• C88 (SAD) if provided by the exporter of the goods to UK.

EXAMPLES OF GOODS WHERE ORIGIN MAY BE DIFFICULT TO ESTABLISH

We understand there will be some difficulties when it comes to certain goods, the below provide some examples:

  • Movies – EU has specific criteria for determining origin of movies. The only way we can issue Certificates of Origin (for movies) would be against a written origin statement from the British Film Institute (http://www.bfi.org.uk) Alternatively, we can authenticate applicant’s declaration of origin (on their letterhead)

  • Works of art – determined by the birthplace of the artist

  • Antiques – Certificate of Antiquity from LAPADA (http://lapada.org/) or BADA (http://www.bada.org/)

  • Scrap metal – applicant must state that the metal was collected from various sites in the UK

  • Second-hand clothing and shoes – applicant must state that the items were collected from various sites in the UK

  • Machinery spare parts – if the spare part is classed as essential (i.e., the machine cannot work without it) then the part will have the same origin as the machine. Non-essential parts retain their own origin as per country of manufacture.

  • Cars – most manufacturers will provide origin information on their websites (origin is determined according to the VIN number) https://vindecoder.eu/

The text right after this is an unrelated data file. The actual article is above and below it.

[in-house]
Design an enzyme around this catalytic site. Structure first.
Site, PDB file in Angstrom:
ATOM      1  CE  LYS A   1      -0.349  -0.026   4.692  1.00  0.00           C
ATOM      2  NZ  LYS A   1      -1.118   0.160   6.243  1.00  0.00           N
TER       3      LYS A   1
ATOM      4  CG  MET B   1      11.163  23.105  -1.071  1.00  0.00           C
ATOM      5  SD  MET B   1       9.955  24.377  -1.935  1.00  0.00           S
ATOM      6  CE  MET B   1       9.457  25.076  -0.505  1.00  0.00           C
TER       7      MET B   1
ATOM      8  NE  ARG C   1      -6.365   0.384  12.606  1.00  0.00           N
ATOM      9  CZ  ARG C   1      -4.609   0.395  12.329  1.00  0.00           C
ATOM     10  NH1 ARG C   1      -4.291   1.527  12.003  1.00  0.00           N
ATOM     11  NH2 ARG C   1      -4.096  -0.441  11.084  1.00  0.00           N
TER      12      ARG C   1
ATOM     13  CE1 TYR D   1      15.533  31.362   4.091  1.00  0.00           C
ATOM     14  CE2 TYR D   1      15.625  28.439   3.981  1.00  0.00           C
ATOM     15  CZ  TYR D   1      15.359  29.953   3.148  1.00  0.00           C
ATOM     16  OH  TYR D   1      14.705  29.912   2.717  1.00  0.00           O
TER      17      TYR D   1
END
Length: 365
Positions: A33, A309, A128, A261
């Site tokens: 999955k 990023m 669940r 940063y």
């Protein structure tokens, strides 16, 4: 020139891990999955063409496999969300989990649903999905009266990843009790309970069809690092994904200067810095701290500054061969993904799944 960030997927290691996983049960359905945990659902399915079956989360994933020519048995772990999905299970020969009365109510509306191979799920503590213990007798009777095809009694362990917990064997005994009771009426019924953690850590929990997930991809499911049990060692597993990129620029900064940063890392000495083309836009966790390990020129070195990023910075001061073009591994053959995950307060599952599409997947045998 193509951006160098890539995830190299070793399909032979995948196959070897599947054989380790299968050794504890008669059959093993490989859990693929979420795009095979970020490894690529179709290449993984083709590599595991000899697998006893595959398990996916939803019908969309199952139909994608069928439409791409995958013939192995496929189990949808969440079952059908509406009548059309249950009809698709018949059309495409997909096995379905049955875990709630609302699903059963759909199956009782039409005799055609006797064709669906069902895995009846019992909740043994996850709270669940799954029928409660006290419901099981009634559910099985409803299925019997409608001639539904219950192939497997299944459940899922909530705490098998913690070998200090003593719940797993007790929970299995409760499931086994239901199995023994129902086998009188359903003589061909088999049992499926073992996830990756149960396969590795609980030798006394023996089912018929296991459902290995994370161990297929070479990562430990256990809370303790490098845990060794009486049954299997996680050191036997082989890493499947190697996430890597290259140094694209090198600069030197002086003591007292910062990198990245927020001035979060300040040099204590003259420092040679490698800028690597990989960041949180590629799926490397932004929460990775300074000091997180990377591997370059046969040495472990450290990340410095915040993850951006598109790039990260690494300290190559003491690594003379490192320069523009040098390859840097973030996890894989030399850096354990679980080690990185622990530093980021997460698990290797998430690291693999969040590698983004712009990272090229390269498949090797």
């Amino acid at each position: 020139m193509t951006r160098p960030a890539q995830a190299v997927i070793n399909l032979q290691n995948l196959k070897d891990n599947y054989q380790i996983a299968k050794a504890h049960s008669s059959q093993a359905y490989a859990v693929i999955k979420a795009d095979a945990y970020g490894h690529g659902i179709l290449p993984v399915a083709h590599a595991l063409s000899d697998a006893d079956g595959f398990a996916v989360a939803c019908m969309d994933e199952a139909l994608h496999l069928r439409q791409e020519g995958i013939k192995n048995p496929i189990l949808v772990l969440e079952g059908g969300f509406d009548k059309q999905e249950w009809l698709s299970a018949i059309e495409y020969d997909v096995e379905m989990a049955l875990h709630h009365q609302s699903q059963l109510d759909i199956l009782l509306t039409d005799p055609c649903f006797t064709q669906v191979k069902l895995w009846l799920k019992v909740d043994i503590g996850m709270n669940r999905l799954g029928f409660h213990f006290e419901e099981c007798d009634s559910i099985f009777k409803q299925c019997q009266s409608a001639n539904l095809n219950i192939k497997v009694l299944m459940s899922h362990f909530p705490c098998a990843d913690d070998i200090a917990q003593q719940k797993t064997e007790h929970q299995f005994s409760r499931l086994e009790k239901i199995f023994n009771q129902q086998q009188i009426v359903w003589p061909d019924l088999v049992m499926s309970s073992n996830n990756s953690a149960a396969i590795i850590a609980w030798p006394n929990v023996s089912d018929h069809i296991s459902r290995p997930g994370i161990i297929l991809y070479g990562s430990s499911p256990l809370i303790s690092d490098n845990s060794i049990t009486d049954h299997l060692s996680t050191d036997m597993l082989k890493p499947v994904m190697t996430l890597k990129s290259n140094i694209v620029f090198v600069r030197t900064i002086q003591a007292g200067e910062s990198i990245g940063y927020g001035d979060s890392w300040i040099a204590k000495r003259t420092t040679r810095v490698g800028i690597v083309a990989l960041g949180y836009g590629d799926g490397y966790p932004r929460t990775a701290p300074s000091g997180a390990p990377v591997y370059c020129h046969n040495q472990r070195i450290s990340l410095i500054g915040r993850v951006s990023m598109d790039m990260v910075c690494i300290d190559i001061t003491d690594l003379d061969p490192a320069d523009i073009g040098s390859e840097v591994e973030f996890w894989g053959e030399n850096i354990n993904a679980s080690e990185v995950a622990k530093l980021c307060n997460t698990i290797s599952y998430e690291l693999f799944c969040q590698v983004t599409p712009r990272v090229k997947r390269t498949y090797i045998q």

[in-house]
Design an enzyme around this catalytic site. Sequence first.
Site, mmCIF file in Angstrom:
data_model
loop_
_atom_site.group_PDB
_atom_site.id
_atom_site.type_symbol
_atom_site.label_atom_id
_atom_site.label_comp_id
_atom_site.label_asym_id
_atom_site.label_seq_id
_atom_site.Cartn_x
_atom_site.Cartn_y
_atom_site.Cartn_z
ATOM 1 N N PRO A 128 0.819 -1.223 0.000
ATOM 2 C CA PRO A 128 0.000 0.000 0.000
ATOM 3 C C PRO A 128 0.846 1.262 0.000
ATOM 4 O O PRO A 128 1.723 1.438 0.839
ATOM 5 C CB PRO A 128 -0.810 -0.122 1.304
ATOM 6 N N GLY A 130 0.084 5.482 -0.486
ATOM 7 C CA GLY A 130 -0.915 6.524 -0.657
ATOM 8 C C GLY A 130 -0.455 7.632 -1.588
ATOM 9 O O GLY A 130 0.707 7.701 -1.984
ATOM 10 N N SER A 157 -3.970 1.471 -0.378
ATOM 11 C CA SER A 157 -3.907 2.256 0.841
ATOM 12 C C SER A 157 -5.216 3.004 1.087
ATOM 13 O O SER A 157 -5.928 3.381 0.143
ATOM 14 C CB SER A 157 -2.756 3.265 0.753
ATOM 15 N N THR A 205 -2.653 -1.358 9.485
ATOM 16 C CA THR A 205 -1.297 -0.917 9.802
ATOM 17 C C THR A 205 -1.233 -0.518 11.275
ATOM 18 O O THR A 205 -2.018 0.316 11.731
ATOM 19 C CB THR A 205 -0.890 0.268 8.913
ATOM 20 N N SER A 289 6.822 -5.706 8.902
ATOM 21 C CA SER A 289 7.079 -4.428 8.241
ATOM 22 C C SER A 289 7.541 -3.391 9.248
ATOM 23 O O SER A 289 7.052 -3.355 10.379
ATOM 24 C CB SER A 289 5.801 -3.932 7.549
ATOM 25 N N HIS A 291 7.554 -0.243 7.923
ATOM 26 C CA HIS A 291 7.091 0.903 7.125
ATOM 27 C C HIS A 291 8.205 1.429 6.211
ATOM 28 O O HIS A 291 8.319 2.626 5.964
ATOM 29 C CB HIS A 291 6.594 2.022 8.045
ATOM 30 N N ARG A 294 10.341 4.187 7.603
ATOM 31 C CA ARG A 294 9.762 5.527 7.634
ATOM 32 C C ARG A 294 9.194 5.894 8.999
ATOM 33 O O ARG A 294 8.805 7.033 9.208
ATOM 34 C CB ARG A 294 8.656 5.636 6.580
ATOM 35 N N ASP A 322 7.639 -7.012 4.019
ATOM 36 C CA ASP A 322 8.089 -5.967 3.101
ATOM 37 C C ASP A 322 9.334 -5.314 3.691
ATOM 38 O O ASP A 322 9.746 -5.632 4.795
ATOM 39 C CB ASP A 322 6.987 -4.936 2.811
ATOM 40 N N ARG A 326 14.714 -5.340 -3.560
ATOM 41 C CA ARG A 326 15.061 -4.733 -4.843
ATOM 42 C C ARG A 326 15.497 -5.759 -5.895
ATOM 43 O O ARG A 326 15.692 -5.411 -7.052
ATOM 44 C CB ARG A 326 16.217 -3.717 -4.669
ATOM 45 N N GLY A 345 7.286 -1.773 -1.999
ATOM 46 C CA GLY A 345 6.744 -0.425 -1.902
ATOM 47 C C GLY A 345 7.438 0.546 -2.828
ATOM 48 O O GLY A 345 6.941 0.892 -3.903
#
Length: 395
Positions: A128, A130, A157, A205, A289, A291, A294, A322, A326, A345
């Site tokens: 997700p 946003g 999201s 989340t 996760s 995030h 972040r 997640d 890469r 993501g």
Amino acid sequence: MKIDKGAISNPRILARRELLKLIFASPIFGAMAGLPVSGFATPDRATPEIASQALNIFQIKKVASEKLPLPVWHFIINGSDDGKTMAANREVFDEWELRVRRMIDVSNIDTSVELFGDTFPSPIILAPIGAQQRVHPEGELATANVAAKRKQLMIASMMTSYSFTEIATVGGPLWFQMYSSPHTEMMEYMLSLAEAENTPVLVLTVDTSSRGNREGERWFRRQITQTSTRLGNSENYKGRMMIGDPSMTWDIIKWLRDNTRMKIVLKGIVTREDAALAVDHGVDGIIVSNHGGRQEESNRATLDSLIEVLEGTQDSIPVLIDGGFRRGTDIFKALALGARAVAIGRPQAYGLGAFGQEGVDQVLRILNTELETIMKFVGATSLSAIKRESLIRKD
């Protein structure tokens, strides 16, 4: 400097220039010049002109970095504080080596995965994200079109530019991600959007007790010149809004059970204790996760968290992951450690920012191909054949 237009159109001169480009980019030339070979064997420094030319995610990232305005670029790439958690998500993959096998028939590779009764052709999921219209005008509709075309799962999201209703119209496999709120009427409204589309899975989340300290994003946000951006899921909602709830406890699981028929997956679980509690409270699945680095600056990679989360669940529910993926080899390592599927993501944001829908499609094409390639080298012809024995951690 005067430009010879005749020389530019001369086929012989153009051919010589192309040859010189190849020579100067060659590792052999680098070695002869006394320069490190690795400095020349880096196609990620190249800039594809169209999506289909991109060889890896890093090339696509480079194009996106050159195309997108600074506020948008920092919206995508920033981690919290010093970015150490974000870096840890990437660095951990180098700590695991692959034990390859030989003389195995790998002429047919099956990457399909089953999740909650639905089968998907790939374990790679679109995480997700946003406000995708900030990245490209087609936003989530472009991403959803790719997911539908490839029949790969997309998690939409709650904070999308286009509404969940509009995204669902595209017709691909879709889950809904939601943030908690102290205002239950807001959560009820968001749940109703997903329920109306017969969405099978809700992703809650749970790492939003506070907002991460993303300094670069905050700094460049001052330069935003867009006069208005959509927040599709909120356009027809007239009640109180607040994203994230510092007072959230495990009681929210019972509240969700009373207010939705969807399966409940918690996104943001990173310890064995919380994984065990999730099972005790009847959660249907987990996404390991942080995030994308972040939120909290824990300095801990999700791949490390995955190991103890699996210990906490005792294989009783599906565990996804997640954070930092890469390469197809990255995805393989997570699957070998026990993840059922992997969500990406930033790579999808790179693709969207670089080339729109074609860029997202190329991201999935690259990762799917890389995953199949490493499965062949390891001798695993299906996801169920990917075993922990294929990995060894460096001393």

• Medicines - http://www.medicines.org.uk/emc/browse-documents Once on the website you need to type in the exact drug and ensure you look at the mg ie 5mg as different weight drugs can be made in different countries. You will need to look at the PIL (patient information leaflet) and the manufacturer details are usually found on the last page. This leaflet is inserted into the boxes for all drugs sold.

Still unsure if your business complies with the right origin of goods evidence?

  • To ensure you are being compliant with your evidence, we offer an Origin Evidence Audit, where a member of our expert team can help you assess if the evidence you have in place meets the origin proof criteria and where there may be gaps which you may need to address. If interested in booking one, please email us at exportbritain@gmchamber.co.uk. Chamber Members access preferential rates.


  • We also offer a UK Certificate of Origin and EUR1 box-by-box workshop designed to help you understand common errors and the correct information that should be entered and will cover the differences between UK COO and EUR1s and what you need to know to successfully apply for both. For upcoming courses, click here.